As a society, we spent much of 2021 trying to find steadier footing and a sense of normalcy as we continued to live and work through a global pandemic that changed everything, possibly forever.

However, as we emerge from the pandemic, our experts expect data center decision-makers in 2022 to emphasize other existential threats affecting the world at large, particularly those related to sustainability and climate change.

Additionally, we anticipate the adoption of artificial intelligence (AI) to ramp up next year as organizations look to utilize this technology for their growing digital transformation initiatives.

Below are some of the ways we expect these conversations, as well as several others, to evolve and intensify in the coming months.

The data center’s more purposeful approach to sustainability and climate change

As sustainability talk turns to action, Vertiv’s experts predict some organizations will embrace sustainable energy strategies that utilize a digital solution that matches energy use with 100 percent renewable energy and ultimately operates around the clock on sustainable energy.

Cloud providers have become more vocal on this front while announcing increasingly aggressive sustainability goals. Hybrid distributed energy systems can provide both AC and DC power, which adds options to improve efficiencies and eventually allows data centers to operate carbon-free.

For more sustainable, resilient, and reliable outcomes, fuel cells, renewable assets, and long-duration energy storage systems – including battery energy storage systems (BESS), lithium-ion batteries, and next-generation battery technologies beyond lithium-ion – will all play a vital role.

A major expansion of the lithium-ion recycling infrastructure in North America is on tap as multiple companies have secured significant public and private funding in the market. This will eliminate one of the few remaining barriers to the widespread adoption of lithium-ion batteries.

This new approach to sustainability also frees the data center operator from potential utility capacity bottlenecks and restrictions, and the drive to zero will not stop with carbon.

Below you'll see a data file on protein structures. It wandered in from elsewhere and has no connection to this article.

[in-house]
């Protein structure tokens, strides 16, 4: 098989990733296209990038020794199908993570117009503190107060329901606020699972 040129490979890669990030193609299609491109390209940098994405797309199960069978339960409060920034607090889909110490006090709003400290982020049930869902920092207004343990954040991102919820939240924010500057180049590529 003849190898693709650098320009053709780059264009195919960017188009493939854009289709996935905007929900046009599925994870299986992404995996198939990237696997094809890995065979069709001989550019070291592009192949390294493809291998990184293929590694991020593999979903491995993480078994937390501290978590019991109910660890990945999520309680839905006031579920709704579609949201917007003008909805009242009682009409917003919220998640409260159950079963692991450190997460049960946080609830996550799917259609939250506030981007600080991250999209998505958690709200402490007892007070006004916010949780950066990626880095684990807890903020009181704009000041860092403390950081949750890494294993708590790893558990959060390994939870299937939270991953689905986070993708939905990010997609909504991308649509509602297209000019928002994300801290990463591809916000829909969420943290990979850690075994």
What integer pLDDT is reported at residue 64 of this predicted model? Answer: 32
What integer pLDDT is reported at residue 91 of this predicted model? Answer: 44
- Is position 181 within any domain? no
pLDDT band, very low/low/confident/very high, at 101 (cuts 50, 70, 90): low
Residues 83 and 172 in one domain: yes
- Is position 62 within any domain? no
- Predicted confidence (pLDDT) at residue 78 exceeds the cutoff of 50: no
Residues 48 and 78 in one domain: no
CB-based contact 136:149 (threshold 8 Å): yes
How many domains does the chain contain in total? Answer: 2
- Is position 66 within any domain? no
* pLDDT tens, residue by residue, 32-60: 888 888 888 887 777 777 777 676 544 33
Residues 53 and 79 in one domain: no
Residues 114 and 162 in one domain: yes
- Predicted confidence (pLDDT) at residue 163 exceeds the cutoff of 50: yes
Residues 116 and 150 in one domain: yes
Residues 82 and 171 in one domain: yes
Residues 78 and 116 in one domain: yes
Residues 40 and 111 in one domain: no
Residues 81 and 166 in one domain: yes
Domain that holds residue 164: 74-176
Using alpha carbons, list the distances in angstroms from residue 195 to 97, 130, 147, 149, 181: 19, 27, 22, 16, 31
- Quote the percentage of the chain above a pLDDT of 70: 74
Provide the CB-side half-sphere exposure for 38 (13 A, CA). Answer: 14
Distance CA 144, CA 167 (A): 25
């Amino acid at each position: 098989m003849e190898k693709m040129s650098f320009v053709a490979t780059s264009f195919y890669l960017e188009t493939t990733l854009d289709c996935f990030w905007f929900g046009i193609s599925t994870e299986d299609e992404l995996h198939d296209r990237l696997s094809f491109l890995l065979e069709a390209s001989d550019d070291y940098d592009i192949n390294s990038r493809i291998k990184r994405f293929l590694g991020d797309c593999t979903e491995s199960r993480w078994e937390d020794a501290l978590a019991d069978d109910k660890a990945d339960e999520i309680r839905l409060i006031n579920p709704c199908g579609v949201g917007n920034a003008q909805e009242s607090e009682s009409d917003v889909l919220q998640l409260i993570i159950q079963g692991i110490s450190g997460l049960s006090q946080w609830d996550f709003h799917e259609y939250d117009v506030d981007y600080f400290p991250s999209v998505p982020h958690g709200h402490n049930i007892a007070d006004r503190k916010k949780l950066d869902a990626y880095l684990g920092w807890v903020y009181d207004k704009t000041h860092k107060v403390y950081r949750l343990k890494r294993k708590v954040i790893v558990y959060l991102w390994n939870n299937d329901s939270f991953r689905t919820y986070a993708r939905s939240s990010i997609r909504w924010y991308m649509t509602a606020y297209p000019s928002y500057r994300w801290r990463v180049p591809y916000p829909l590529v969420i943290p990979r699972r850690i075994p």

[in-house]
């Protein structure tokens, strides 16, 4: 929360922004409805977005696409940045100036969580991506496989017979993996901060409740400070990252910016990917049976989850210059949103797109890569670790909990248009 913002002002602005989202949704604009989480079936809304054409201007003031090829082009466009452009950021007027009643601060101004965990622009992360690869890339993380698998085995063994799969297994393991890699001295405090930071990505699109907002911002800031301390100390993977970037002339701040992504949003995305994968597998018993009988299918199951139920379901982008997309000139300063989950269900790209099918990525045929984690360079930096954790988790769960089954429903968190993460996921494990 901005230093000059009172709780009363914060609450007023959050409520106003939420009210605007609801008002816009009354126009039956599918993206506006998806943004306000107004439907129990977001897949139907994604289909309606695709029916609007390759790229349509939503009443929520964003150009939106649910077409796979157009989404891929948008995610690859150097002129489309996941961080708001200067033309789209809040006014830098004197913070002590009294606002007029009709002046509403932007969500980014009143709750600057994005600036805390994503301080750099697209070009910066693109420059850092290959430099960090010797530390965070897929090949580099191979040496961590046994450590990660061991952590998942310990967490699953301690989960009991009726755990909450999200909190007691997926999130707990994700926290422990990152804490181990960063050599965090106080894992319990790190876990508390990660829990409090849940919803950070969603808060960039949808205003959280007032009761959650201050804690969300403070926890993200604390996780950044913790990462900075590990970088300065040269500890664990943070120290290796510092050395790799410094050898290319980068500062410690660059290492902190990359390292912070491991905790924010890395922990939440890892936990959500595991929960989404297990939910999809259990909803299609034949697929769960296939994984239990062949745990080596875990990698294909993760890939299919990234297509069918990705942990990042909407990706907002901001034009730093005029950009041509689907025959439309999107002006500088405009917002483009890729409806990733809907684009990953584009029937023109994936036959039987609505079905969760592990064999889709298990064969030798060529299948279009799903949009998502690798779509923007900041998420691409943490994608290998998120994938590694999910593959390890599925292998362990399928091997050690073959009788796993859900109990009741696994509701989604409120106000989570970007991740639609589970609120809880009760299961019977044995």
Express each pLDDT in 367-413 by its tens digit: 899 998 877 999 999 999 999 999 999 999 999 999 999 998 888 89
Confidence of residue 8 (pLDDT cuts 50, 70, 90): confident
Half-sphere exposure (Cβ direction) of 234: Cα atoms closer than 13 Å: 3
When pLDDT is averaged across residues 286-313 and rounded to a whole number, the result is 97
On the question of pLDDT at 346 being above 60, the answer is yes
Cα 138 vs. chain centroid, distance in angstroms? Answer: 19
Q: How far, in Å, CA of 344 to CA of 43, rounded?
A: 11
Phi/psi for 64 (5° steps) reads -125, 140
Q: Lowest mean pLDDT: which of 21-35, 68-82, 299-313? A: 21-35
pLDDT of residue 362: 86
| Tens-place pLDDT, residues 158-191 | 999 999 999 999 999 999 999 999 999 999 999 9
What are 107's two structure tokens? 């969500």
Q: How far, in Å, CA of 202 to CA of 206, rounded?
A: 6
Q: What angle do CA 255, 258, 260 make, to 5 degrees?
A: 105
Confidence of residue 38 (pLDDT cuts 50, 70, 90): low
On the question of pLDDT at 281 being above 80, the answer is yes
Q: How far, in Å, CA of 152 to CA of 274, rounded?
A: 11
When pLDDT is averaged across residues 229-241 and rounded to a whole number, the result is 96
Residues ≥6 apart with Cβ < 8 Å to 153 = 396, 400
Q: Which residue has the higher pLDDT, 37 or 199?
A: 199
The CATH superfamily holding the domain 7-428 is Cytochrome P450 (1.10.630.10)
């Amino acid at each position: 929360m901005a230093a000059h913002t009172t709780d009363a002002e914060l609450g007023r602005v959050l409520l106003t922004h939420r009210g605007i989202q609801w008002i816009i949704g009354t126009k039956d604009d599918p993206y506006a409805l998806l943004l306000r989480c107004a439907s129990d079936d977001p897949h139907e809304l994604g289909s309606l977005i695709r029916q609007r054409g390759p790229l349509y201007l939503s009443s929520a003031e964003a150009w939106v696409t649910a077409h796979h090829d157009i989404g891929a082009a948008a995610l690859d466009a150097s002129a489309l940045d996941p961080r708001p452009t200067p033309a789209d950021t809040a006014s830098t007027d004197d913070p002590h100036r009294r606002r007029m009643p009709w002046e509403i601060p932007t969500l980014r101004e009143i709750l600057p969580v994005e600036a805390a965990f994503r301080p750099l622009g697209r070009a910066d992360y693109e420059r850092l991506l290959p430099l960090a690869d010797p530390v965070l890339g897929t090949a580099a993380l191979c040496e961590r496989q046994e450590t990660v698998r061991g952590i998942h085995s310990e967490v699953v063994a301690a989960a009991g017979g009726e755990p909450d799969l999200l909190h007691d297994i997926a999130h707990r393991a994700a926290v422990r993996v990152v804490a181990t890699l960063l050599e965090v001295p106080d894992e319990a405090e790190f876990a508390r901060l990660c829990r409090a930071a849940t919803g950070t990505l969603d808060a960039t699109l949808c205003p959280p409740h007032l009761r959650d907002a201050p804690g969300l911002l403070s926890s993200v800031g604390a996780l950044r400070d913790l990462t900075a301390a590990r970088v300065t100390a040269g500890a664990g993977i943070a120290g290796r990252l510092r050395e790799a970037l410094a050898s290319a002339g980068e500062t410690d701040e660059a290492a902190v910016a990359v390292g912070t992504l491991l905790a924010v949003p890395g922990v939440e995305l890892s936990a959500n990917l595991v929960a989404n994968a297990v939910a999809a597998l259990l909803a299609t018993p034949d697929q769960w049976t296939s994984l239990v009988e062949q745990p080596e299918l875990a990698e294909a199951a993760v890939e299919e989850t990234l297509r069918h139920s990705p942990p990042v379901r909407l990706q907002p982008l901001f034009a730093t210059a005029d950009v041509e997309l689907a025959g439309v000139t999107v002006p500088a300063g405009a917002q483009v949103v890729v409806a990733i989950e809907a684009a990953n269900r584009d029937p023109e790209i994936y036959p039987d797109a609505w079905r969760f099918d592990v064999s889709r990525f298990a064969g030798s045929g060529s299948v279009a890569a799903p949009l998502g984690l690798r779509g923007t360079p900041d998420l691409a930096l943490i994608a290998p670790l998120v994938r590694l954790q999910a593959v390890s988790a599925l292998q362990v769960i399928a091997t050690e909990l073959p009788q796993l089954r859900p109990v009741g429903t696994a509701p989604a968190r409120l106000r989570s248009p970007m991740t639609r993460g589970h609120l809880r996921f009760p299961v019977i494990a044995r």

Thermal systems that use zero water are in demand, particularly in drought-affected areas, and we will see refrigerants with high global warming potential (GWP) phased out in favor of new equipment using low-GWP refrigerants.

Sustainability will be critical to addressing the climate crisis going forward, but data center and telecommunications operators will also take great steps to deal with near-term climate challenges.

Extreme weather events related to climate change will influence decisions around where and how to build new data centers and telecommunications networks. The United States just experienced its hottest summer on record, and in the first nine months of 2021, the country experienced 18 separate billion-dollar weather and climate disaster events.

According to an Uptime Institute report, three in five respondents think there will be more IT service outages as a direct result of the impact of climate change, and nearly 90 percent think climate change will drive up the cost of data center infrastructure and operations over the next 10 years.

Other factors, including the reliability and affordability of the grid, regional temperatures, water availability, and regulations that ration utility power and limit the amount of power afforded to data centers, also play a part in the decision-making.

These extreme weather events will drive more robust infrastructure systems across the Information and Communications Technology (ICT) space which will need to be carefully aligned with sustainability goals.

In 2022, data center and telecom operators will wrestle with these issues – and ever-present latency questions – and will drive a need for solutions that can address all of these challenges.